15 Google+ Sites & Services for Power Users
As companies sit and patiently wait for the launch of Google+ features for brands, active users of the service with their personal accounts might like Amy-May Elliot‘s list of Google+-related websites and services compiled in this post on Mashable.

Persuasive Picks for the week of 04/04/11

Chrysler TweetThe 7 Worst Twitter PR Fails
The Huffington Post‘s Catharine Smith compiles an entertaining list of the top Twitter-based PR blunders to-date. Prepare to cringe and learn!

Managing elephant-sized social media blunders
Reuters small business writer Deborah Cohen shares an informative Q&A with global brand strategist Jonathan Salem Baker that contains helpful tips on managing social media blunders like this week’s “elephant hunting” video released by GoDaddy CEO Bob Parsons.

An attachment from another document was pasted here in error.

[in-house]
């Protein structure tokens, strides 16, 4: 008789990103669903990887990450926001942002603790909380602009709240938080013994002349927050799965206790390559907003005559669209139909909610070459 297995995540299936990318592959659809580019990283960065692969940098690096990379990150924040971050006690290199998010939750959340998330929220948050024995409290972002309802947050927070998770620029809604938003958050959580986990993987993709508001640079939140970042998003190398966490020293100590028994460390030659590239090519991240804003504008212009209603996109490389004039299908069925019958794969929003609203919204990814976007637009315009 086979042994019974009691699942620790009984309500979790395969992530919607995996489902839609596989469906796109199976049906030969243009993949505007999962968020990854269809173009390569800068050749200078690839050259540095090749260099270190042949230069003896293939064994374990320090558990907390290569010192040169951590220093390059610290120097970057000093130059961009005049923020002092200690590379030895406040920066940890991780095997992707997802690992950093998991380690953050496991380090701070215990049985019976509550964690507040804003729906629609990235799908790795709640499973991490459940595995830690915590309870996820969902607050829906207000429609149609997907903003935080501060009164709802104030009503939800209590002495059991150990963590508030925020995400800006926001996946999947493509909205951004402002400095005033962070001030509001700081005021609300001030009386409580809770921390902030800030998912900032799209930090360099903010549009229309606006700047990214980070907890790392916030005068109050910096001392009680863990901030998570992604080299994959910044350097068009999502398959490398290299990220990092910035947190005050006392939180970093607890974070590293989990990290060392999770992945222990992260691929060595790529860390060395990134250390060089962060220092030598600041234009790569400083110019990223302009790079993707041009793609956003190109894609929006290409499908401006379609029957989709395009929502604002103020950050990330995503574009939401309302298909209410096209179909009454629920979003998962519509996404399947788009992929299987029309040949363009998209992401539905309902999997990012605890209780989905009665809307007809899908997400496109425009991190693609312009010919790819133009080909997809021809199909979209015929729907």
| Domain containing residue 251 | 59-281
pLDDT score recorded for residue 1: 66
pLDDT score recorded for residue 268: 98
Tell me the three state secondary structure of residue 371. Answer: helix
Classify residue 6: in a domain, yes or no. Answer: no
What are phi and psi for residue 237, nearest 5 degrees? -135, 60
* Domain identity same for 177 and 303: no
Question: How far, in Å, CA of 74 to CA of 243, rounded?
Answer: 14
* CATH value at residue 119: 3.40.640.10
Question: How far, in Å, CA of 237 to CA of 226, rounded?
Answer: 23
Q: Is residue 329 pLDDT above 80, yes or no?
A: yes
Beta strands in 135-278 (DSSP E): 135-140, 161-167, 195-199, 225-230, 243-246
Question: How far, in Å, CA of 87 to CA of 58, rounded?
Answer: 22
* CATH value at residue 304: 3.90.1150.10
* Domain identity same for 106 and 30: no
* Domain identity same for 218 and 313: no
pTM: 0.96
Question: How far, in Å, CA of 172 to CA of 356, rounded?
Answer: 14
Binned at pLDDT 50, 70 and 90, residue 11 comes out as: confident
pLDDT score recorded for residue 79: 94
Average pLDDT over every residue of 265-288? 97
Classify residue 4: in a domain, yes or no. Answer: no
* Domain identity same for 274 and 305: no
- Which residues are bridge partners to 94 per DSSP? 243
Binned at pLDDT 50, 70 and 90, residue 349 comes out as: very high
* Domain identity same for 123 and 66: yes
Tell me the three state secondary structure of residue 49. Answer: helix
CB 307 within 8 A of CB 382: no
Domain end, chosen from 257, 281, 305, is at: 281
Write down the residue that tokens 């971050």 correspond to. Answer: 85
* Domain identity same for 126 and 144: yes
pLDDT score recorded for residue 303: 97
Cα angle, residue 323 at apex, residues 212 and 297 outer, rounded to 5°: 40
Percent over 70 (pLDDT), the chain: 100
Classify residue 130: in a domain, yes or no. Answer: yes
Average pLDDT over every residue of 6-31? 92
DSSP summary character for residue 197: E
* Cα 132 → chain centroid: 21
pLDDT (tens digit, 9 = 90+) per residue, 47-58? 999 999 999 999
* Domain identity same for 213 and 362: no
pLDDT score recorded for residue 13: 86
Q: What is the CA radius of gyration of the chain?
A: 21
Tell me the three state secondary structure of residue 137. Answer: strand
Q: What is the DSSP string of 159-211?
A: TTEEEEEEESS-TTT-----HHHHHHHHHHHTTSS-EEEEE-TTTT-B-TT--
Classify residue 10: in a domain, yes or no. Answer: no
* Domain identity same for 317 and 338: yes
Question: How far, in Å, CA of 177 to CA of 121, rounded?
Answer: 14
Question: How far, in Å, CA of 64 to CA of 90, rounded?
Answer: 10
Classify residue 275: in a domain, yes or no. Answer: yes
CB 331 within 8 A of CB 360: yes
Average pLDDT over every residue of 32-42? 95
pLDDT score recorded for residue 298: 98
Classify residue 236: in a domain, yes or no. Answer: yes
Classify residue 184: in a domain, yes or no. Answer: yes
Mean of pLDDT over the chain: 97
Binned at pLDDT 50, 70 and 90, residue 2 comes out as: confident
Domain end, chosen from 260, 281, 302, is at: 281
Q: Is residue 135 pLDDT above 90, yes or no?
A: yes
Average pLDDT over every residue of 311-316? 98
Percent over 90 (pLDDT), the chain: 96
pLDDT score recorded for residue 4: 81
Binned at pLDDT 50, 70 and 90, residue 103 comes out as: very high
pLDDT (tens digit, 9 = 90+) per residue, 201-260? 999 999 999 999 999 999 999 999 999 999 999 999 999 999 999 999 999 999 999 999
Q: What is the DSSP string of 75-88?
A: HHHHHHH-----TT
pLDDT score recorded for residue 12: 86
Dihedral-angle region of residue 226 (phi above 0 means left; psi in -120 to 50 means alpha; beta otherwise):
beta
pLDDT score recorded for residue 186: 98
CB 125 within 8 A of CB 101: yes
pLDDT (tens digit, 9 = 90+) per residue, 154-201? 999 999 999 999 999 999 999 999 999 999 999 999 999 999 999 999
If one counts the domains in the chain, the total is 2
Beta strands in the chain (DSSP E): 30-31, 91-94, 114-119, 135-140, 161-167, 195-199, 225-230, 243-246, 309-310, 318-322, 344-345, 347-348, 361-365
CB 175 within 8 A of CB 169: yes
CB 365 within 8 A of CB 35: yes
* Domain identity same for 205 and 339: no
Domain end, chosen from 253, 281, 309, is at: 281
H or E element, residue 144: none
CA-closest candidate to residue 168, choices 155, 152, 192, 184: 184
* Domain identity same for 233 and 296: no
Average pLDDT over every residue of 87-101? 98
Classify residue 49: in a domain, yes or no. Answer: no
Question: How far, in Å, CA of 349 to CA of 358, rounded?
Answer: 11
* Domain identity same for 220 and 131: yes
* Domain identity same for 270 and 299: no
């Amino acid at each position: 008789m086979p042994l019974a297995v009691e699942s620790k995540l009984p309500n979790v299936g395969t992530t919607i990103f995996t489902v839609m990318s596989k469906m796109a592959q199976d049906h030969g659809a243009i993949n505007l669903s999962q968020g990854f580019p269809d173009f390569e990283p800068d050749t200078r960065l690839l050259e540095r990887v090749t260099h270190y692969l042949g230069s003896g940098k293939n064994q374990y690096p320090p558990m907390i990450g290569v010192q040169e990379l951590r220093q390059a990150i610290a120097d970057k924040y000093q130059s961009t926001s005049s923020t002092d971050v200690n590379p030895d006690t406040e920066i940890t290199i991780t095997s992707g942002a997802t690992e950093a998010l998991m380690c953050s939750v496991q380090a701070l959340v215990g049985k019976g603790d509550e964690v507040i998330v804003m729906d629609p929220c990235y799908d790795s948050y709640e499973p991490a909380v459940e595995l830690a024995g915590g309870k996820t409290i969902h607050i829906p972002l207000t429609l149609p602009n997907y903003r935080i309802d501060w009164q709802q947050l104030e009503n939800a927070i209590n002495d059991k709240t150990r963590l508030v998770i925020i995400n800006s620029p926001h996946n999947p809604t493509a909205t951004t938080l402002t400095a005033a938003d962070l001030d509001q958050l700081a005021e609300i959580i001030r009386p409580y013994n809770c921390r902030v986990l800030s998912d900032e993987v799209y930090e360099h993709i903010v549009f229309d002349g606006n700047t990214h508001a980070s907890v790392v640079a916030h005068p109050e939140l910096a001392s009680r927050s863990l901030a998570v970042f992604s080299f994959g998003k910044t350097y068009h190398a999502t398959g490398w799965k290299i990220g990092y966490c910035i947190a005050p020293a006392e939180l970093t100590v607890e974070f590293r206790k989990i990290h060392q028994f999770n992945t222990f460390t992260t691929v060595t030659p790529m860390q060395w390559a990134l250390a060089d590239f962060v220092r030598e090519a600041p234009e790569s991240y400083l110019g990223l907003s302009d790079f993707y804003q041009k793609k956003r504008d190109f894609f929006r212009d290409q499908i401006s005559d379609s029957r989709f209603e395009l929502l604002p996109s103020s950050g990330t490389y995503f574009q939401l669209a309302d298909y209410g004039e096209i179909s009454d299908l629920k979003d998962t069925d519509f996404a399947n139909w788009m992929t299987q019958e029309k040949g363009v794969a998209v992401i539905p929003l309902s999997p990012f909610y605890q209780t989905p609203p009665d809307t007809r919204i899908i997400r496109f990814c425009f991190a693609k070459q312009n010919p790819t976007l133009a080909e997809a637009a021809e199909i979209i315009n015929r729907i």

Top Companies Still Bashful About Social Media Presence
Frank Reed, managing editor for the Marketing Pilgrim, starts off a new blog series with this entry that highlights a recent Ad Age report that revealed less than half of Fortune 50 companies promote their social presence on their corporate homepage.

Report: Social Media Worth the Time
There’s no doubt that executing a well thought out social media strategy takes time. However, you need to stick with it and be consistent in order to reap the rewards. Inc.com‘s contributing editor Courtney Rubin shares some interesting stats around this topic and small business.

Getting real about social media budgeting
This post from Rich Karpinski on BtoBOnline suggests that Salesforce.com‘s recently announced acquisition of Radian6 might be a turning point for marketing teams to really focus on their social spending, and he provides highlights of last year’s Altimeter survey from Jeremiah Owyang to show what an aggressive social budget looks like.

Persuasive Picks for the week of 02/28/11

Social Media Cycle

Understanding the Social Media ROI Cycle
The 60 Second Marketer‘s Jamie Turner shares some excellent insight into Social Media ROI and the various phases of a social campaign via this guest post on Mashable.

Lessons From a Corporate Insider: Dream Big, but Think Small